Loosely based on the (rather lame) 1960 Rat Pack film dashing understated-but-cool thief Danny Ocean (George Clooney) orchestrates the most sophisticated elaborate casino heist in history less than 24 hours after being released from jail. In one night Danny's handpicked 11-man crew of specialists--including an ace card sharp (Brad Pitt) a young-but-masterful pickpocket (Matt Damon) and a demolition genius (Don Cheadle)--will attempt to steal over $150 million from three Las Vegas casinos owned by Terry Benedict (Andy Garcia) the elegant ruthless entrepreneur who just happens to be dating Danny's ex-wife Tess (Julia Roberts). To score the cash Danny will have to risk his life and risk his chance of ever reconciling with Tess. But if all goes according to his intricate nearly impossible plan Danny won't have to choose between his stake in the heist and his high-stakes reunion with Tess. Or will he?
The star wattage in this movie could solve all of California's electricity problems in one fell swoop. George Clooney easily passes himself off as suave mastermind Danny Ocean playing the role with understated class and elegance. Brad Pitt takes a similar arc as Rusty though he's slightly more dispassionate and professional than Clooney's visionary Ocean. Matt Damon is convincing as the inexperienced-but-talented pickpocket who's essential to getting in the vault. And Julia is simply Julia--glamorous and charming a smart cookie who is being wooed by the evil ruthless (and anal-retentive) casino mogul so elegantly portrayed by Andy Garcia. Affecting a Cockney accent and attitude Don Cheadle's portrayal of the demolition expert is a tour de force. Carl Reiner is absolutely hilarious as Saul Bloom an aging old-timer who comes out of retirement to infiltrate the casino as a debonair arms dealer. Elliott Gould Bernie Mac Scott Caan and Casey Affleck round out the cast nicely with inspired performances especially Gould's and Mac's.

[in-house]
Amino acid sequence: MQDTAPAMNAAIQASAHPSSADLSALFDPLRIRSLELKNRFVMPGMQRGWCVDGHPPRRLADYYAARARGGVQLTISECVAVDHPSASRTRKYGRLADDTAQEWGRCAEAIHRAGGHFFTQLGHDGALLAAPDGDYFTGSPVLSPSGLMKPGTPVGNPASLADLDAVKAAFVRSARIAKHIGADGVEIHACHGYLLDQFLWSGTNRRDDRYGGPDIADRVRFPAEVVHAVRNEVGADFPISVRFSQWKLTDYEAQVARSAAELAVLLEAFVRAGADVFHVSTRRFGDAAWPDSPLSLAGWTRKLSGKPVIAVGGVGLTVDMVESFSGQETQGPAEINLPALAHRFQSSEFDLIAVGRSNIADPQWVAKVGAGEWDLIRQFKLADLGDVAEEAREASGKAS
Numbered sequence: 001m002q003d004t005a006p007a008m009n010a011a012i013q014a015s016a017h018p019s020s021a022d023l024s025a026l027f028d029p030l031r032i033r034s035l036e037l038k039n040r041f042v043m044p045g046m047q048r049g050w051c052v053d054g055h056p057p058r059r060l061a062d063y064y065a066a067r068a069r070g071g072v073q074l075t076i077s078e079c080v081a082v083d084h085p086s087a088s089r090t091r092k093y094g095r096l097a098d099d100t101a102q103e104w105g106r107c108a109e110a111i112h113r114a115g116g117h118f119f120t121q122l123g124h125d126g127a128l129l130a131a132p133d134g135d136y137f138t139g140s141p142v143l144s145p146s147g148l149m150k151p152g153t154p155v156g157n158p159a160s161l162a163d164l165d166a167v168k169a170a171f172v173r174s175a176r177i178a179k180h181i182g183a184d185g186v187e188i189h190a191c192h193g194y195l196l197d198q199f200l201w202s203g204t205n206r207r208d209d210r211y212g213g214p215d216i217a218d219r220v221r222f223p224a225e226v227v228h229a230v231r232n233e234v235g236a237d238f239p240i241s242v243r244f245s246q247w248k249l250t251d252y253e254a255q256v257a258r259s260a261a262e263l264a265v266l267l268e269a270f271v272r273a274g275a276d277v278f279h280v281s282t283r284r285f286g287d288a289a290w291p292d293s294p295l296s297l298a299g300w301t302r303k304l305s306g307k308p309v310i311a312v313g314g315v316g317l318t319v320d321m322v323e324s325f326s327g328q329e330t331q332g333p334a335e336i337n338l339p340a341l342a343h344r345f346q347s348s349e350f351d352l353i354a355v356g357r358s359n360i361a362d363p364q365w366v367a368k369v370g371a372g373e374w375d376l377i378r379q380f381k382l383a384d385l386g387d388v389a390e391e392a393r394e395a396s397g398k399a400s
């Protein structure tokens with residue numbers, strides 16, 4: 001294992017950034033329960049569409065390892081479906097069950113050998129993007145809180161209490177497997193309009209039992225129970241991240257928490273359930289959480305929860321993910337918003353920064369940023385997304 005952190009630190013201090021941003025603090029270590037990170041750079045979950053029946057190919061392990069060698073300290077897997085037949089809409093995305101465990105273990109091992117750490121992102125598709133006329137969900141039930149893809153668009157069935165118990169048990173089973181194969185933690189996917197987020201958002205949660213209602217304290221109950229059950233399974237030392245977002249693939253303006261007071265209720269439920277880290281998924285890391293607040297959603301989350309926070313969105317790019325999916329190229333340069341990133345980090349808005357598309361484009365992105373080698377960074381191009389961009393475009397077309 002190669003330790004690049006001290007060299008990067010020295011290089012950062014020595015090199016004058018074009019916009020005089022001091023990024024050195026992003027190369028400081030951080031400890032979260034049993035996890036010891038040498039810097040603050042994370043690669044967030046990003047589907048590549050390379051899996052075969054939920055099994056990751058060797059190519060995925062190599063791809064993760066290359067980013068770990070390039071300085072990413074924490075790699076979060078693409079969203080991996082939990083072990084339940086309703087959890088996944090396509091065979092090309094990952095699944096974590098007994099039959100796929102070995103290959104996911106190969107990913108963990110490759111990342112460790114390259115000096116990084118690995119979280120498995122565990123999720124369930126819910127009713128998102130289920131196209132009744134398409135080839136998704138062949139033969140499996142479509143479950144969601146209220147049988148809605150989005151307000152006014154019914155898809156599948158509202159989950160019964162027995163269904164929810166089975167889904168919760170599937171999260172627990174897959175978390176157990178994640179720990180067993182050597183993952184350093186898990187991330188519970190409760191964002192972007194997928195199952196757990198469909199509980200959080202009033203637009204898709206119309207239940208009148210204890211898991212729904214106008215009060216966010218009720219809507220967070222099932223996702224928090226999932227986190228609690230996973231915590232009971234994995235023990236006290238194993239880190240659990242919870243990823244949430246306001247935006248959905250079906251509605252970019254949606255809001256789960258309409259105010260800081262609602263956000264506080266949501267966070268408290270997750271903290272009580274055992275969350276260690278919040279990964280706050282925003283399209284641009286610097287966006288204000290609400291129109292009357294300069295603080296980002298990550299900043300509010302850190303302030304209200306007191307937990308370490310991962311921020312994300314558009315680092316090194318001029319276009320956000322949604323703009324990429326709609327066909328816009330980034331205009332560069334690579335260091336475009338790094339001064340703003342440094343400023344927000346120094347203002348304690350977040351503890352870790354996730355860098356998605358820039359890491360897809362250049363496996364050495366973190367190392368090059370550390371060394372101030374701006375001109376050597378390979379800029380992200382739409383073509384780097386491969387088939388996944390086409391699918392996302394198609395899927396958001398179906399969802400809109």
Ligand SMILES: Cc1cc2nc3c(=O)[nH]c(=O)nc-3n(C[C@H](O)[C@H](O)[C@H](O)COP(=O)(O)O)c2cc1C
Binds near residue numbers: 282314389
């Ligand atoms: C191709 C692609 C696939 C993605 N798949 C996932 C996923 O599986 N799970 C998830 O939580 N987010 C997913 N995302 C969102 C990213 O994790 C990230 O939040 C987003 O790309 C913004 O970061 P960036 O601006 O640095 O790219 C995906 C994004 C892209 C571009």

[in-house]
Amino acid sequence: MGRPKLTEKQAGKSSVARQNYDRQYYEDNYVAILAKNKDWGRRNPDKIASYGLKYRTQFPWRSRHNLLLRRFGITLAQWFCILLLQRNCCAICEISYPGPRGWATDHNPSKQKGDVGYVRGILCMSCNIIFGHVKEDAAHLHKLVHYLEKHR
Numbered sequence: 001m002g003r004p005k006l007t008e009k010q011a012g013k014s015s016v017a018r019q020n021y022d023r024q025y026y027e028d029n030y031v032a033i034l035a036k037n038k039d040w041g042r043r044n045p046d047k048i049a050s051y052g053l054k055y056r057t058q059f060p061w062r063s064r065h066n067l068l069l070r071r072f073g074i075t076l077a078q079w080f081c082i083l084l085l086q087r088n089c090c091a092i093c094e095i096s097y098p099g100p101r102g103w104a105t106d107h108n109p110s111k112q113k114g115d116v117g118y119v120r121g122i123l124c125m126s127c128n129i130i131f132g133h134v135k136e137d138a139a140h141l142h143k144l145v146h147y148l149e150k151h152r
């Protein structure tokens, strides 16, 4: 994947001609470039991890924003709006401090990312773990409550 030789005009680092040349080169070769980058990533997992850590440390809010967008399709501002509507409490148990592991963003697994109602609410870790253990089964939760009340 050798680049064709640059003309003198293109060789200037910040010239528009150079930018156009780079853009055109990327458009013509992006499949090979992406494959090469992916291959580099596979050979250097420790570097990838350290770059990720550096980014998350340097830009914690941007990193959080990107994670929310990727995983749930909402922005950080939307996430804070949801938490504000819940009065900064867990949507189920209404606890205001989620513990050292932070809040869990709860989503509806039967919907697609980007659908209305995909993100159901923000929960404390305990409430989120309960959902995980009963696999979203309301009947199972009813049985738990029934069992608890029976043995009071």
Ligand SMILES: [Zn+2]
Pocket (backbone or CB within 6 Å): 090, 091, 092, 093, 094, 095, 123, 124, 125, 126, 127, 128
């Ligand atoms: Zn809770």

Soderbergh cemented his reputation last year as a director of serious weight when both Traffic and Erin Brockovich were nominated for the Best Film Academy Award and garnered him two Best Director nominations---an unprecedented feat. Ocean's Eleven marks Soderbergh's departure from the serious to the seriously fun. This is one of the most stylish most elegantly filmed movies I have ever seen. Not only are all the actors beautiful but so are the locations clothes and shot selections. The speed and pacing of the flick belie the movie's length; Soderbergh clearly had fun making this movie. He shot this film very intimately often allowing the camera to stay close on the actors a tad longer than expected which lets their personas shine through--thus their personalities draw you into the movie as much as the caper itself. It's not often you see a movie where the direction has as much wit and cleverness as the plot itself. Ocean's Eleven makes no pretense to be something other than a jaunty cheeky exhilarating heist movie. So while the plot's not too deep all is forgiven considering the level of acting and direction.